There are more than one way to skin a cat. And there is more than one way to access public land with good turkey hunting on it. So when I was told by a landowner that he'd no longer be allowing access through his property to the isolated block of national forest that I wanted to hunt, I knew I had quite a few hours of work behind the screen of a computer scouting for alternate backpacking routes into the area. My easy, 25-minute-drive-from-home-hunt, turned into a 3 day backpacking hunt. Now, I got my fair share of laughs from people that thought I was crazy for bivy-hunting for turkeys, but results don't lie.
It was a good hunt, complete with adrenaline-filled gobblers, hung-up toms and rejuvenating views of the sunrise that only hunters know. I got my bird around noon on opening day. I got on the road right after I got out of my GIS lab on Friday morning. It took me 4 hours to cover the 6.5 nasty miles to the area I wanted to set up camp. Upon arriving in the area I actually spooked a hen and knew my scouting had paid off. After setting up camp I even heard what I thought was turkeys flying to roost. "Sweet", I thought "looks like I won't be hiking too far tomorrow!" Haha I couldn't have been further from the truth. It was a nice night that I am guessing didn't get below freezing thanks to the cloud cover. I woke up excited about my prospects of taking a bird so close to camp. It turned out that the ruckous that I had heard were dusky grouse flying up to roost. Damn!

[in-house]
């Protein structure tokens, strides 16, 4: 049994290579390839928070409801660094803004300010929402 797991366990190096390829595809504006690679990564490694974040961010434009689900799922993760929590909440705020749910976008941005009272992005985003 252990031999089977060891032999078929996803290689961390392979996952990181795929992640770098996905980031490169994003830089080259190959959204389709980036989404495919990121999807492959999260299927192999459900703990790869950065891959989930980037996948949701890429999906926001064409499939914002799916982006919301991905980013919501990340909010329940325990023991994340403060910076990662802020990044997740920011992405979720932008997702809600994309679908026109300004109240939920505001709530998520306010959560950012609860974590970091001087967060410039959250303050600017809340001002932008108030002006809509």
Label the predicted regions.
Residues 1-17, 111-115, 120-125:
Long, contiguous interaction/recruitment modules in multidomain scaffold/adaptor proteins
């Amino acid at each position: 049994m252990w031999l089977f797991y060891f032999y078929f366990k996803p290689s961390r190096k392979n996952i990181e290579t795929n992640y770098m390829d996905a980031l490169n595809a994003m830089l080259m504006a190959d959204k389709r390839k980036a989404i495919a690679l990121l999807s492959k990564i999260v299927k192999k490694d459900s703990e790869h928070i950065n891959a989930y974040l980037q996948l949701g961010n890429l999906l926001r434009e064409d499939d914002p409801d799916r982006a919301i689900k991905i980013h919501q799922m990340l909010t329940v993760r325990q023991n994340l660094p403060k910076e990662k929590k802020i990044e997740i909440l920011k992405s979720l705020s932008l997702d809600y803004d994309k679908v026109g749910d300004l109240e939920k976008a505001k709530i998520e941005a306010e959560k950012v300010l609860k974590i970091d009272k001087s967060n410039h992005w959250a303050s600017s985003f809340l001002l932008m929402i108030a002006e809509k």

After restraining myself from blasting the damn grouse --partly from anger and partly from percieved threat; these birds sound like gunships when they spook-- I took off for the area I originally planned on hunting. After 2.5 miles I still hadn't made contact with turks. I decided it was time for some tea and made a little fire and boiled me up some moral-boosting-juice. I then got back on the trail, so to speak, and not long after got a response.
I first made calling contact with him with about a third of a mile separating us. He was down on the opposite side of a creek bottom about 200 vertical feet below me. I slowly made my way down calling occasionally to make sure he hadn't lost interest. I set up on a cut-bank about 15 feet above the creek. He was a little over 100 yards across the creek and out of site. Every time I yelped on my slate call he would gobble in response. I started cutting after every gobble and this got him all the more in the mood.
We went back and forth for about 15 minutes and he wouldn't budge. I then pointed the call in the opposite direction in order to make him think that I was moving away. Sure enough, his next answer was closer. He was coming! I then saw him strutting off the opposite hill coming in like he was on a string; his head red with passion. When he moved behind a tree, I laidd down my slate and got into shooting position. He would have to come across the creek to be within range and I knew that when he made it to the edge and didn't see any ladies, that he would be suspicious. Luckily I had bought a push-pin call that attaches to the barrel of my Remington 870 (the ol' workhorse that she is) and allowed me to give him a couple clucks of encouragement. Sure enough, he reluctantly flew across the creek and I knew I had him. At a distance of 53 yards I let loose lead.
A few moments later and I was marveling at the wonderful animal in which I had just harvested. I cooked one of his legs over the fire back at my spike camp and it tasted like pure paleolithic majesty. Tonight I will enjoy fried turkey breast in the comfort of my own home. My only negative feeling at this point is jelousy for those of you who live in states that allow for the harvesting of more than one bird.
Good hunting to all!